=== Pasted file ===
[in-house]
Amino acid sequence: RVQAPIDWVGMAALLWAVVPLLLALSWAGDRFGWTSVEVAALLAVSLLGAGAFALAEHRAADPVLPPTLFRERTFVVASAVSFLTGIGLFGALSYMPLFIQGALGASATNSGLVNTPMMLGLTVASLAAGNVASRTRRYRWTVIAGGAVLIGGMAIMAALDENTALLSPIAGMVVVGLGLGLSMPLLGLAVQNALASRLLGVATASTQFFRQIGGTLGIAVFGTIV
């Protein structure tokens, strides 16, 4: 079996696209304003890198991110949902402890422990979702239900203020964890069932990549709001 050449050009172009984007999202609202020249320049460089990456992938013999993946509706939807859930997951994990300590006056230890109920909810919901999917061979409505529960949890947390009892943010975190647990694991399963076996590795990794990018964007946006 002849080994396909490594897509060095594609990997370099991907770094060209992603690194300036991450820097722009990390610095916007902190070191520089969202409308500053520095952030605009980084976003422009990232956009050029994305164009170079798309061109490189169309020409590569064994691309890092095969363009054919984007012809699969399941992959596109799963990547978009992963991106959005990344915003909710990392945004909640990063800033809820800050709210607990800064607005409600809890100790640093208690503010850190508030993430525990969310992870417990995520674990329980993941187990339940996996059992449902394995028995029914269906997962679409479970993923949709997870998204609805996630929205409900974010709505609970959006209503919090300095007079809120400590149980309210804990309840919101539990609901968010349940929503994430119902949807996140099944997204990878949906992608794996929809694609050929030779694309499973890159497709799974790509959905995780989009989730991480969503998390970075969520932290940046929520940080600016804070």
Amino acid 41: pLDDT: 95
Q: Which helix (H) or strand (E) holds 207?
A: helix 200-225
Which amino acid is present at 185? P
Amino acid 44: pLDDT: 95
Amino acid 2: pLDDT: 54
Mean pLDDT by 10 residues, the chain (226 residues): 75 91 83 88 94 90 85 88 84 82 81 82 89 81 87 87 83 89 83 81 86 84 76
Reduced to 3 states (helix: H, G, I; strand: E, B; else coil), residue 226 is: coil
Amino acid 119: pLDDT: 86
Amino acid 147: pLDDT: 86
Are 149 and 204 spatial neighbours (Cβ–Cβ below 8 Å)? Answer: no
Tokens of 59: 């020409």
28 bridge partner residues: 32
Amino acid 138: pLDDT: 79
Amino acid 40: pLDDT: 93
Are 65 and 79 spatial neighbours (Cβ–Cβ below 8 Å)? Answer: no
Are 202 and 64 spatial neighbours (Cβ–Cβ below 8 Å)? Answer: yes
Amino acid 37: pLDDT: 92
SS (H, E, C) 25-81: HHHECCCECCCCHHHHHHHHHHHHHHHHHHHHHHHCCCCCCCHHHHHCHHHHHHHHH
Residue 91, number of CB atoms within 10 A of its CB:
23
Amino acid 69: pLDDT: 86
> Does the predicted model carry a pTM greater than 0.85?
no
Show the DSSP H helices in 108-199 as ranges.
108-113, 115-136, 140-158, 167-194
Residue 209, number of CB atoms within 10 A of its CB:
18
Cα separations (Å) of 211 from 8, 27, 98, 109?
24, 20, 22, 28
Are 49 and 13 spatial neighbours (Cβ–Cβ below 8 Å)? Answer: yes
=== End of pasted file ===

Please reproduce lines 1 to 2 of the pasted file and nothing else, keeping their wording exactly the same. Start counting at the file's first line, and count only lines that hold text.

[in-house]
Amino acid sequence: RVQAPIDWVGMAALLWAVVPLLLALSWAGDRFGWTSVEVAALLAVSLLGAGAFALAEHRAADPVLPPTLFRERTFVVASAVSFLTGIGLFGALSYMPLFIQGALGASATNSGLVNTPMMLGLTVASLAAGNVASRTRRYRWTVIAGGAVLIGGMAIMAALDENTALLSPIAGMVVVGLGLGLSMPLLGLAVQNALASRLLGVATASTQFFRQIGGTLGIAVFGTIV